Gaming apps can provide big data for researchers
Mobile-based games that are actually tests of cognition or other brain functions can offer researchers an exciting new means to gather inexpensive big data, say researchers.
Washington: Mobile-based games that are actually tests of cognition or other brain functions can offer researchers an exciting new means to gather inexpensive big data, say researchers.
A fast-paced game app where players pretend they are baggage screening officers operating airport x-ray scanners can provide researchers with billions of pieces of data in record time, they added.
“Questions that could have taken decades to answer in a laboratory setting or that could not be realistically answered in a lab can be examined using big data gathered in a relatively short time,” added lead author Stephen R. Mitroff from Duke University.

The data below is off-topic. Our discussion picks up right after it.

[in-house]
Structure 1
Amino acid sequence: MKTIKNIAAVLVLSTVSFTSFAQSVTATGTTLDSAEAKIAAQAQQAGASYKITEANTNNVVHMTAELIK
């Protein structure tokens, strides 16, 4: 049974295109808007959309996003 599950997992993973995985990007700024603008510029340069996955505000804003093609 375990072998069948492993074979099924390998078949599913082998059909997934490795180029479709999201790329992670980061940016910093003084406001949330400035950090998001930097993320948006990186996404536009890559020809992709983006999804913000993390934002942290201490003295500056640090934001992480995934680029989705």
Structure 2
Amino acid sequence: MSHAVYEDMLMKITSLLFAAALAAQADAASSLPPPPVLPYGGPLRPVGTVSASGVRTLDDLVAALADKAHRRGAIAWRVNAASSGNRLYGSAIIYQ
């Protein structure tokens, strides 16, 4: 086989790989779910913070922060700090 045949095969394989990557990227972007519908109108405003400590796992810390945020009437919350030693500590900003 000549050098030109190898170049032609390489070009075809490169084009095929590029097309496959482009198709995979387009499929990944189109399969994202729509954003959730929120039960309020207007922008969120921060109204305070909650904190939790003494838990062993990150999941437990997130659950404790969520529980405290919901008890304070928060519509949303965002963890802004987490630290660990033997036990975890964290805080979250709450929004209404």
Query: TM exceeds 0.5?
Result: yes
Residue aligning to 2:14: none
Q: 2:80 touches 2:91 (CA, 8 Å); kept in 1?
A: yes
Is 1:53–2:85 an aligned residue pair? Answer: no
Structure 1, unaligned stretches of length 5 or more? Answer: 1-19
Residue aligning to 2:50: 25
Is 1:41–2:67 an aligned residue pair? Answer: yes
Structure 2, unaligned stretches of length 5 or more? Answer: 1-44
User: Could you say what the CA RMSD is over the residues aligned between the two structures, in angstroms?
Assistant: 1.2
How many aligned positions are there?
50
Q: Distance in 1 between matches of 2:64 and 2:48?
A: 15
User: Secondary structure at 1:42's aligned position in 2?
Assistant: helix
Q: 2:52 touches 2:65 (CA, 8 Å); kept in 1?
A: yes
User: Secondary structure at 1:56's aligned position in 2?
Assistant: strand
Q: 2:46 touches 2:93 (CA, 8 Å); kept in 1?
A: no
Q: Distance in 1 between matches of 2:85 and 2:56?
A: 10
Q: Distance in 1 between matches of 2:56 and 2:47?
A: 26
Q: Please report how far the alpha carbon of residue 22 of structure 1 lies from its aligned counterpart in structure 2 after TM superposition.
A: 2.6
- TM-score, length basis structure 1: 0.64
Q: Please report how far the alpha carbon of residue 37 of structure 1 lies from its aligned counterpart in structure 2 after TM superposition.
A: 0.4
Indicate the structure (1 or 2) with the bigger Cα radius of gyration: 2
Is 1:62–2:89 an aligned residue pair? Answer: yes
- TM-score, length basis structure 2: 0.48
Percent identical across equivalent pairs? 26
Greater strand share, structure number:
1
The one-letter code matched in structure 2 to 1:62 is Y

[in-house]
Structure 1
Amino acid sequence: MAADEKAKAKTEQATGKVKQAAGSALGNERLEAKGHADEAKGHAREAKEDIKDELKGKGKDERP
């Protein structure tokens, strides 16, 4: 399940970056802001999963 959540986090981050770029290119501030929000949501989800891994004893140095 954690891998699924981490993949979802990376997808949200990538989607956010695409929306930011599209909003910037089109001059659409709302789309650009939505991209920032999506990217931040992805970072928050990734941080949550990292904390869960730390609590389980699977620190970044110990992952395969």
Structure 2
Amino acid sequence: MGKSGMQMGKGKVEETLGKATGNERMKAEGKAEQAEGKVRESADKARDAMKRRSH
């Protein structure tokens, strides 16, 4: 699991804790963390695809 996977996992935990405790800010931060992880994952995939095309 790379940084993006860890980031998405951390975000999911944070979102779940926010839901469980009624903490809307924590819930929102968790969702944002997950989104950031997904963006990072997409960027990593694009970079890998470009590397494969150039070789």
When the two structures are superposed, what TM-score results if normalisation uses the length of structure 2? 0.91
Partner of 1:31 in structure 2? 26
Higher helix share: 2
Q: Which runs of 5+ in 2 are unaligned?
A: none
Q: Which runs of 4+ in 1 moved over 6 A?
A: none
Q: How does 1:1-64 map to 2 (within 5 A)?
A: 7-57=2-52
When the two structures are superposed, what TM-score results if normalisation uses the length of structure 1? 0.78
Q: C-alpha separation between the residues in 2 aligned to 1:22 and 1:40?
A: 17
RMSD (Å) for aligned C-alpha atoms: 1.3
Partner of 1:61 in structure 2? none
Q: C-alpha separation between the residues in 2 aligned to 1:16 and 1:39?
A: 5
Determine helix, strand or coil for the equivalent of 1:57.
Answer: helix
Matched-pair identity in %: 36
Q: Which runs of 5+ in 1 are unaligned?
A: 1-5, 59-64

To demonstrate the potential of mobile technology to gather data, the researchers partnered with Kedlin Co, the developer of the popular mobile app game Airport Scanner.
The game challenges players to identify illegal items in luggage passing through an airport x-ray scanner.
Between January 2013 and November 2014, the game provided anonymous data from more than two billion trials from over seven million mobile devices.
“In 1998, one million trials were analysed by Jeremy M Wolfe, PhD, of Harvard Medical School, to understand visual search. This was a mind-blowing amount of data that took 10 years to collect. Today, we can collect over a million trials a day through Airport Scanner,” Mitroff explained.
Mobile technology, thus, offers a phenomenal opportunity to examine cognitive processes on a large scale, he concluded.
The study was published in the Journal of Experimental Psychology: Human Perception and Performance.